As Cook-Bousfield house transferred through forfeiture banks, it was finally purchased again in 1880 by Cyrus Bosworth, an heir of Leonard Case. In 1885 the property sold to John Pankhurst, a wealthy proprietor of the Globe Iron Works and Globe Ship Building. After Pankhurst died in 1898, his widow sold the home to John M. Leich, president of Star Brewing Company, for $20,000.

In 1913 the property changed hands again—however this time the YWCA bought it and the neighboring mansion to the east. The mansion next door was at some point demolished to make way for the dormitory built by the YWCA.

Site plan of Franklin Yards As the region’s wealth declined, many institutions, such as the YWCA, moved into residences that were part of West Side Millionaire’s Row.

Even before The Great Depression, much like the wealthy residents of Euclid Avenue, fortunes diminished, and large city homes became less desirable. Many of the former mansions were converted to rooming and boarding houses, and working-class immigrants rented out rooms.

Ohio City has been known for decades as a working-class neighborhood. However, unlike Euclid Avenue, many of the great homes in this neighborhood have been preserved and survived commercial interests in the area.

In 1928, the year before the onset of the Depression, YWCA demolished the neighboring mansion to the east and constructed a new three story, two-building dormitory complex for single working women to rent rooms.

According to the National Park Service historic rehabilitation tax credit application submitted by Rudge, The dormitory buildings were designed by the firm of Howell & Thomas—a small firm that designed many homes in the east side suburbs, including 11 demonstration homes for the Van Sweringen brothers. The firm also designed various YWCA buildings throughout Ohio and Texas.

YWCA remained at this location until 1957, when the organization sold the buildings in 1957 to Lourdes Education Center. In the 1970s it again changed hands, this time becoming Vantage Place Senior Care, a home for seniors with mental illnesses. The care facility shut down in late 2018 and the property was sold to Dalad Group.

The complex had an above-ground tunnel connecting the mansion and the dormitory, presumably for ease of access for the workers and patients. When the tunnel was demolished recently, one of the original side porches of the neighboring mansion was uncovered.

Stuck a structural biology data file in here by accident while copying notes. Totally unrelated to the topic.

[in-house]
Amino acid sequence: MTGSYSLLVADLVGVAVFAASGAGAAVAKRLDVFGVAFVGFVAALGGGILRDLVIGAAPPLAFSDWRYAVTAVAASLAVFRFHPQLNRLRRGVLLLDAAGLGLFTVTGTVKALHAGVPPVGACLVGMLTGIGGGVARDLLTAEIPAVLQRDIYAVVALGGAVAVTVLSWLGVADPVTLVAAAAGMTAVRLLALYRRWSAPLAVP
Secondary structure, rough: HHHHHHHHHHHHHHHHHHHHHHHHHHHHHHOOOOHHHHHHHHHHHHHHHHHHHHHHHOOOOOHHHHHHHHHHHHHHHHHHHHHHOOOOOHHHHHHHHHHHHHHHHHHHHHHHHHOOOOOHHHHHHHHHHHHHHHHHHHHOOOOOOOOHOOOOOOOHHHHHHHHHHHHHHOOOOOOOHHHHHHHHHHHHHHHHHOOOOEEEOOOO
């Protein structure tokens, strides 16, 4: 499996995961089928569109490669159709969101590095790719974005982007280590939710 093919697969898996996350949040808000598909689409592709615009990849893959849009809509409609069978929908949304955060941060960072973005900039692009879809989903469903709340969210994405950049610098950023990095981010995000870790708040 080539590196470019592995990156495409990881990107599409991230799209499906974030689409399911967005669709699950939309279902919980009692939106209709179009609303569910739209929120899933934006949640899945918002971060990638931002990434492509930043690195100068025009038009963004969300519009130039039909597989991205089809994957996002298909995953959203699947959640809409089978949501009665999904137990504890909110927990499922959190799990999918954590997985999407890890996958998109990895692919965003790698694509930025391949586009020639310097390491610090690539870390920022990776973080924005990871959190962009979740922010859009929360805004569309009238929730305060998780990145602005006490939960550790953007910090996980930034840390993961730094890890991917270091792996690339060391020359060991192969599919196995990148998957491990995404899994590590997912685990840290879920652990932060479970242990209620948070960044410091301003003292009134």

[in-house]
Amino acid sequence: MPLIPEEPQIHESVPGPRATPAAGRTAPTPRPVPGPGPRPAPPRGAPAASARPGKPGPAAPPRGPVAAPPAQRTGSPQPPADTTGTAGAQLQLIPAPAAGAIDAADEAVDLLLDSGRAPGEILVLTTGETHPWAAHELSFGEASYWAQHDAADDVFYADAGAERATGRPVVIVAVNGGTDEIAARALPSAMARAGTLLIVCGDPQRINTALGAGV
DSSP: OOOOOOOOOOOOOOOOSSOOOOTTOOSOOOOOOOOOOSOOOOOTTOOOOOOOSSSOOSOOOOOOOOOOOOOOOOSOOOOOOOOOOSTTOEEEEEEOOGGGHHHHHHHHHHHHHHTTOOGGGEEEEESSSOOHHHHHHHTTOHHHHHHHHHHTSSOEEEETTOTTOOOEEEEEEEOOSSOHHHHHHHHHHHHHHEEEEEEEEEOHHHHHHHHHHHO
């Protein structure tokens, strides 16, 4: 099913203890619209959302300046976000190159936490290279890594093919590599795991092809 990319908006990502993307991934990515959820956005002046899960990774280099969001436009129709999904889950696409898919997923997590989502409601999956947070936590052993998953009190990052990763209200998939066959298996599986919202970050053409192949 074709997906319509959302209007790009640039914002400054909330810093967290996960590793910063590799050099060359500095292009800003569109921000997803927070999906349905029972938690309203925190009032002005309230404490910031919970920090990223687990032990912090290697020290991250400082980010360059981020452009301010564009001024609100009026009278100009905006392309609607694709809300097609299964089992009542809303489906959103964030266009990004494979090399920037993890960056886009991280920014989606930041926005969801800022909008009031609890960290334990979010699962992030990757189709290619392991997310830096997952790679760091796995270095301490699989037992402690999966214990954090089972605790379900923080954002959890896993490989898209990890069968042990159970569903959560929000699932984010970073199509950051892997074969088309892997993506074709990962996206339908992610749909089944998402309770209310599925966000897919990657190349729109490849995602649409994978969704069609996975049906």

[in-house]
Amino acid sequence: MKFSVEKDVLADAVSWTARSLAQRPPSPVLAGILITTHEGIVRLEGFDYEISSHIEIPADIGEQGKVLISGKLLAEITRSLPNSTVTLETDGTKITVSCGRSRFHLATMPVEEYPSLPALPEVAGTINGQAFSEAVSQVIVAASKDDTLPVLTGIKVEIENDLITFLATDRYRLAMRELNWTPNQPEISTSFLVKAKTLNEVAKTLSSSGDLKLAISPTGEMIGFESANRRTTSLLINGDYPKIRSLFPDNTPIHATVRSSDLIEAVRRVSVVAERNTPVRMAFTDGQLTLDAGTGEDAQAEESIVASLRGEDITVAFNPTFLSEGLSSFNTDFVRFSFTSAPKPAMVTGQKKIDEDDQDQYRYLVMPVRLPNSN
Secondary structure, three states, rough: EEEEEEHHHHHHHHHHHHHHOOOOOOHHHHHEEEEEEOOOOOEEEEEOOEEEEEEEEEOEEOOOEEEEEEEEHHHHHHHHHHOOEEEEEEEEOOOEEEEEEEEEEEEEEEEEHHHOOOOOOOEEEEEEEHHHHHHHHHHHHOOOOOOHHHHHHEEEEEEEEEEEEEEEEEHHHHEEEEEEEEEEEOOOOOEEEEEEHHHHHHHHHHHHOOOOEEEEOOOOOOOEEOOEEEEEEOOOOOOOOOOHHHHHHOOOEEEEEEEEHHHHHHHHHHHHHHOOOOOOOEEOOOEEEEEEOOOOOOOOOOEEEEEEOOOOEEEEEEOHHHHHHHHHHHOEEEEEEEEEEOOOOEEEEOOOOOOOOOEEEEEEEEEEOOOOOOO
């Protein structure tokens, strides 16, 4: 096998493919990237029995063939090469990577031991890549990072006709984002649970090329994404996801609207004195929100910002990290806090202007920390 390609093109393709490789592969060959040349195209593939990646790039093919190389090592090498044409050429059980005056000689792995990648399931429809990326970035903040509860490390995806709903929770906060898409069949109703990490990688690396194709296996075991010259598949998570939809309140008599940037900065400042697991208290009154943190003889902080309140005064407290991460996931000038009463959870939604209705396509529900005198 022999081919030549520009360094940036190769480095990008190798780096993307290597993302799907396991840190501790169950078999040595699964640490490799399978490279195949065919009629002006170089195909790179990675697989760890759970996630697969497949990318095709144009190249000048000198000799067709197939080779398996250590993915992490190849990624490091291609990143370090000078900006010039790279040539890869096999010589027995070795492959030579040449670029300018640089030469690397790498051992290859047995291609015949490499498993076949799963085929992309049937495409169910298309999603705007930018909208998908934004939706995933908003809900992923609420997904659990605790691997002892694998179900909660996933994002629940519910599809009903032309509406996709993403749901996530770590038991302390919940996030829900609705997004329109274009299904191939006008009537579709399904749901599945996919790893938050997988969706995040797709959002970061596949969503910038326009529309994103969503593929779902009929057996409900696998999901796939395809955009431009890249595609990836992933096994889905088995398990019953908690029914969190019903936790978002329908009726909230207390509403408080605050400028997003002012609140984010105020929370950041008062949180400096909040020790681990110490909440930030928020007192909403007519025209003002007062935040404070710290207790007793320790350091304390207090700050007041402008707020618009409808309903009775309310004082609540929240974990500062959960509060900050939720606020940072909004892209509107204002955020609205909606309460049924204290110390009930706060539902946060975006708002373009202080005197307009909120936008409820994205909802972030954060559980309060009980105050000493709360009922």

Sarah Bousfield Home – former home of the West Side Y.W.C.A Junior Girls’ Boarding Home. The buildings will be adjoined by a courtyard terrace which is big enough to host residents and their friends, or small events. There is a third building on the property, a non-historic garage, which Andrew Iarussi, president of construction for Dalad Group, says could serve a coworking space or a small retail space, although final plans have not been decided.

The project is held to the rigorous standards of the Ohio Historic Preservation Tax Income Credit, for which Dalad received $2 million.

“It’s got a lot of history and a lot of character. It’s not feasible to build this way today,” says Iarussi. “Having the opportunity to take a building like this and make it work with the historic tax credit programs allows us to preserve a piece of history and create some very unique spaces.”

Read more articles by Nate J. Lull.

Nate J. Lull is currently studying regional planning at Cleveland State University Levin College of Urban Affairs, the number two ranked urban policy school in the country, seeking his bachelor's degree. In his spare time, he works as a computer technician and volunteers locally. He has also done work for Documenters.org, a civic-led initiative aiming to promote transparency and accountability of local government.